I did not know why I did this, but I taped “Girl Interrupted” upon seeing its name on the to be showed section of the television guide. The atmosphere of the mental institute already remind me of “the lady in the attic” from Jane Eyre, or Esther in the hospital within Sylvia Plath’s “The Bell Jar” It seemed any women with any slight abnormality would be locked up in whatever space available. The suffocating moment made me nauseous, I was afterall very afraid of being locked up, because of my claustrophobia.
On her way to the hospital, Ryder’s character was asked by the taxi driver what she was in for. They spoke of the hallucination – which John Lennon claimed to have with drugs, if hallucination equals to madness – shouldn’t Lennon be locked up too?
Angelina Jolie’s character – Lisa Rowe was proved to be a difficult yet popular figure in the institute, many women who were in there were in awe yet afraid of her. From time to time she screamed at people, run away and cause all kinds of troubles that often put women into problems. At times however, she would help other women from being bullied. For example, when Susanna was harassed by the wife of the professor she had an affair with.
At times I felt very afraid for Ryder’s character when she bumped into people she wished not to see in a state of mental breakdown, I guess this also applied to me when I was in my year out – I was pretty afraid of people to know my situations. I guess I was afraid of many things, from they would look at me differently or they would begin to ridicule me and pushed me away from the society’s scenes.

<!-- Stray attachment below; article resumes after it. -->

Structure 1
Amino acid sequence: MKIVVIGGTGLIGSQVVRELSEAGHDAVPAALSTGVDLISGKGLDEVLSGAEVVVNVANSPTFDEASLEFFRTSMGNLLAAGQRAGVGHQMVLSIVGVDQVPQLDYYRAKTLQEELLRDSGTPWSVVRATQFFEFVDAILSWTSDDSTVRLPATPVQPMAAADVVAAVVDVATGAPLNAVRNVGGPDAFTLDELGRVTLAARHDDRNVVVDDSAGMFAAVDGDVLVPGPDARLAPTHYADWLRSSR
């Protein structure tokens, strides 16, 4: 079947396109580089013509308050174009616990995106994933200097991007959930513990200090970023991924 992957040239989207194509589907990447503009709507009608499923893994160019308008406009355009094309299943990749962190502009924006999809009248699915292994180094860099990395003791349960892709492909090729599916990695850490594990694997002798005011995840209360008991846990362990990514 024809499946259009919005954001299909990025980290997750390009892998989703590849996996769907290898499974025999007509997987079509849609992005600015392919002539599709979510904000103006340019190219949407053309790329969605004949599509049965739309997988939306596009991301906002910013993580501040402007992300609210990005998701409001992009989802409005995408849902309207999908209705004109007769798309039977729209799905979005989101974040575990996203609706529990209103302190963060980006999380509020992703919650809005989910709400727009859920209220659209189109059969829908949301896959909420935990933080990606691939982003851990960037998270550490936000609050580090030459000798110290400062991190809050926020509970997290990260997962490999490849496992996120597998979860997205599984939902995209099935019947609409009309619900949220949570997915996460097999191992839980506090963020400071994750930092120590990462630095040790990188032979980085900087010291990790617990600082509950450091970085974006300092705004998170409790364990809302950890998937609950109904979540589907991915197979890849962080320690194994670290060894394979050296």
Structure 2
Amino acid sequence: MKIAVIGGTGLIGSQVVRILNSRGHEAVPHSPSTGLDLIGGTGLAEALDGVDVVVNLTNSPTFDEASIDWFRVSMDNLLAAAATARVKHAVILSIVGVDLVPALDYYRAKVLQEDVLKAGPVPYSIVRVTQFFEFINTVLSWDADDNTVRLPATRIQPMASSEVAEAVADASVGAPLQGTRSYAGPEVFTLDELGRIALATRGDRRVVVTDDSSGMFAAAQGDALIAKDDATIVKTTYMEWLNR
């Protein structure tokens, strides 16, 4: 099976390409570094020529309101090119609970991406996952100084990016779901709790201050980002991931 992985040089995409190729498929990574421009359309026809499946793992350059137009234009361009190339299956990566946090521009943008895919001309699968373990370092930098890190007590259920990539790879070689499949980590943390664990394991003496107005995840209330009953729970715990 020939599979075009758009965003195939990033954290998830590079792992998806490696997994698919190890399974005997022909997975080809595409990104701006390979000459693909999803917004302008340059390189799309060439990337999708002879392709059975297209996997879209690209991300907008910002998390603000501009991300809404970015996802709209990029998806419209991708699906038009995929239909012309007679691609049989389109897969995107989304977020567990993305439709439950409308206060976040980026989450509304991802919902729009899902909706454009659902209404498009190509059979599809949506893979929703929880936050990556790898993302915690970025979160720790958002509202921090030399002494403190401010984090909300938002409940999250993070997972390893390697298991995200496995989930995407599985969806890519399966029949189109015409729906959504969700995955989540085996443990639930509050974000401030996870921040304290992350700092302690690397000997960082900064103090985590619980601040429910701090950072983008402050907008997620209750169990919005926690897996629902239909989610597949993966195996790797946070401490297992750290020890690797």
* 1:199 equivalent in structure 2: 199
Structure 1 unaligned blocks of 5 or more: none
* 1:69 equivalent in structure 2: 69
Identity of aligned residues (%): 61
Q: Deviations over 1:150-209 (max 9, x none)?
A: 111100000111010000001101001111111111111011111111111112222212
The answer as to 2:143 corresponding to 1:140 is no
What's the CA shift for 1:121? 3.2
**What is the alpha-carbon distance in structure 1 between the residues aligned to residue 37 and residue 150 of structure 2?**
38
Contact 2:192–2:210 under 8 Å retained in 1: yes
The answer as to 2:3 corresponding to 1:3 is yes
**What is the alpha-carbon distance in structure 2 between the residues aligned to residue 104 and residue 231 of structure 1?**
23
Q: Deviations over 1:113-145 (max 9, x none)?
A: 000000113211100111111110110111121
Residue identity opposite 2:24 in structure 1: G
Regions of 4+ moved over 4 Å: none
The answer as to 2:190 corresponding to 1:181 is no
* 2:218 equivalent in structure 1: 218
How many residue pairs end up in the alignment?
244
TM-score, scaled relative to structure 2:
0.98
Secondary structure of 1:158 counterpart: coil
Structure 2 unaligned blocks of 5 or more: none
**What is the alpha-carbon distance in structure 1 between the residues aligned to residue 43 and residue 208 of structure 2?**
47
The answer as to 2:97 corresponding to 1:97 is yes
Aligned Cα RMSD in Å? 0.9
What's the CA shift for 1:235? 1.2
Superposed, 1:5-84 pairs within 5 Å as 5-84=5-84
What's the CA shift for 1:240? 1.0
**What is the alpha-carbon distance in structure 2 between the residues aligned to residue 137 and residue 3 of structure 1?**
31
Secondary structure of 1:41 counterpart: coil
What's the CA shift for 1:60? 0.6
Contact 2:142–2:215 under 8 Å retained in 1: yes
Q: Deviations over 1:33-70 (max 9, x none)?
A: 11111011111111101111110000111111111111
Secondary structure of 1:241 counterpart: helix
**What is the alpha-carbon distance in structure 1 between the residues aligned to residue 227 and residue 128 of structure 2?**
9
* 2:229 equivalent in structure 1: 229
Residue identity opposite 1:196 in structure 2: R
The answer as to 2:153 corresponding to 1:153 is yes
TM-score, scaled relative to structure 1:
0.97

Also Jared Leto as Ryder’s boyfriend in the film – when he said how people in mental institute was just a load of idiots etc., I felt that he dismissed Ryder’s actual problem – she needed help to deal with her situations, guidelines on what to do with her own life.
I adored Vannessa Redgrave’s scenes – she questioned how well are we or can we accept ourselves, accept the fact that we could never be perfect. Would life be kinder to us, if we learn to accept ourselves and therefore our own fate?
Within the film there were a strong scent of medical control – medical knowledge, procedures and ways of doing things as a way to surveillance, ways to keep people under control, ways to keep different people in suitable place that suits them. For example, how psychiatrist diagnosed the characters into what kind of disorders and put them to so-called treatments that seemed good for them. But did it work at all? Some like Ryder’s character might’ve been ok, but for some other ones like a character call Daisy didn’t actually recover in the end.
I have not had the slightest idea why did I choose to watch this film in the eve of my partner’s birthday, I don’t know for sure but I guess for my current state – I need a closure in order to move on, and my man’s birthday should mark with a significance.